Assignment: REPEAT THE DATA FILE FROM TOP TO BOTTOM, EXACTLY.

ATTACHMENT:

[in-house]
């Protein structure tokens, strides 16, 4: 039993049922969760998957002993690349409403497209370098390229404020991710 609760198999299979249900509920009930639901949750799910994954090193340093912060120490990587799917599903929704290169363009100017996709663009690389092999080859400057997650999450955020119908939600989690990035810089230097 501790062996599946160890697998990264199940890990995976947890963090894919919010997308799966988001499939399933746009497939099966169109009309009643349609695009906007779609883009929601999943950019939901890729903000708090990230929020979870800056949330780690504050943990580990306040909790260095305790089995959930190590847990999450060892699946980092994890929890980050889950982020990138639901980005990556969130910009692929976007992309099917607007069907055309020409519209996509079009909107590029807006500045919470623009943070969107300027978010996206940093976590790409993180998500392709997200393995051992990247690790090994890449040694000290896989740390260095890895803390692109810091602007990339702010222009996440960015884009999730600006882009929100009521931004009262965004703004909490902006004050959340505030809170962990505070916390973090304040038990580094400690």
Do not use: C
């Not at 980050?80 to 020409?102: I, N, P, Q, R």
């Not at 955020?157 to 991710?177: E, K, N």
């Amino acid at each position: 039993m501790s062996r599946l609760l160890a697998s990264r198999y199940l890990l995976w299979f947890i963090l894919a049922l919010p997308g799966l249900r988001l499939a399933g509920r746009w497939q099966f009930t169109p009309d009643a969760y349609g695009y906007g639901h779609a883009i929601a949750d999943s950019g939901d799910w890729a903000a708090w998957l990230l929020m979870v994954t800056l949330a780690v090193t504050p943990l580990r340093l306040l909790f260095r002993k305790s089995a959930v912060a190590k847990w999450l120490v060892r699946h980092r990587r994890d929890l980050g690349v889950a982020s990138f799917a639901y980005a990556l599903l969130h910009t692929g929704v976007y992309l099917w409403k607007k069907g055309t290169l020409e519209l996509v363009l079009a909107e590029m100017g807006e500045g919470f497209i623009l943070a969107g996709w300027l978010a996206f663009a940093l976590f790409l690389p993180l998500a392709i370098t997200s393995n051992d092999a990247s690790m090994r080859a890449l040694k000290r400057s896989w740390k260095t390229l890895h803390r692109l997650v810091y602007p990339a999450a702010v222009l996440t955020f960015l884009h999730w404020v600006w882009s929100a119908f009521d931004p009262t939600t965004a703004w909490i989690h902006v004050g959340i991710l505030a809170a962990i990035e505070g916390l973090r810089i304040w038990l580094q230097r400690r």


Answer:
[in-house]
């Protein structure tokens, strides 16, 4: 039993049922969760998957002993690349409403497209370098390229404020991710 609760198999299979249900509920009930639901949750799910994954090193340093912060120490990587799917599903929704290169363009100017996709663009690389092999080859400057997650999450955020119908939600989690990035810089230097 501790062996599946160890697998990264199940890990995976947890963090894919919010997308799966988001499939399933746009497939099966169109009309009643349609695009906007779609883009929601999943950019939901890729903000708090990230929020979870800056949330780690504050943990580990306040909790260095305790089995959930190590847990999450060892699946980092994890929890980050889950982020990138639901980005990556969130910009692929976007992309099917607007069907055309020409519209996509079009909107590029807006500045919470623009943070969107300027978010996206940093976590790409993180998500392709997200393995051992990247690790090994890449040694000290896989740390260095890895803390692109810091602007990339702010222009996440960015884009999730600006882009929100009521931004009262965004703004909490902006004050959340505030809170962990505070916390973090304040038990580094400690």
Do not use: C
């Not at 980050?80 to 020409?102: I, N, P, Q, R």
């Not at 955020?157 to 991710?177: E, K, N």
């Amino acid at each position: 039993m501790s062996r599946l609760l160890a697998s990264r198999y199940l890990l995976w299979f947890i963090l894919a049922l919010p997308g799966l249900r988001l499939a399933g509920r746009w497939q099966f009930t169109p009309d009643a969760y349609g695009y906007g639901h779609a883009i929601a949750d999943s950019g939901d799910w890729a903000a708090w998957l990230l929020m979870v994954t800056l949330a780690v090193t504050p943990l580990r340093l306040l909790f260095r002993k305790s089995a959930v912060a190590k847990w999450l120490v060892r699946h980092r990587r994890d929890l980050g690349v889950a982020s990138f799917a639901y980005a990556l599903l969130h910009t692929g929704v976007y992309l099917w409403k607007k069907g055309t290169l020409e519209l996509v363009l079009a909107e590029m100017g807006e500045g919470f497209i623009l943070a969107g996709w300027l978010a996206f663009a940093l976590f790409l690389p993180l998500a392709i370098t997200s393995n051992d092999a990247s690790m090994r080859a890449l040694k000290r400057s896989w740390k260095t390229l890895h803390r692109l997650v810091y602007p990339a999450a702010v222009l996440t955020f960015l884009h999730w404020v600006w882009s929100a119908f009521d931004p009262t939600t965004a703004w909490i989690h902006v004050g959340i991710l505030a809170a962990i990035e505070g916390l973090r810089i304040w038990l580094q230097r400690r």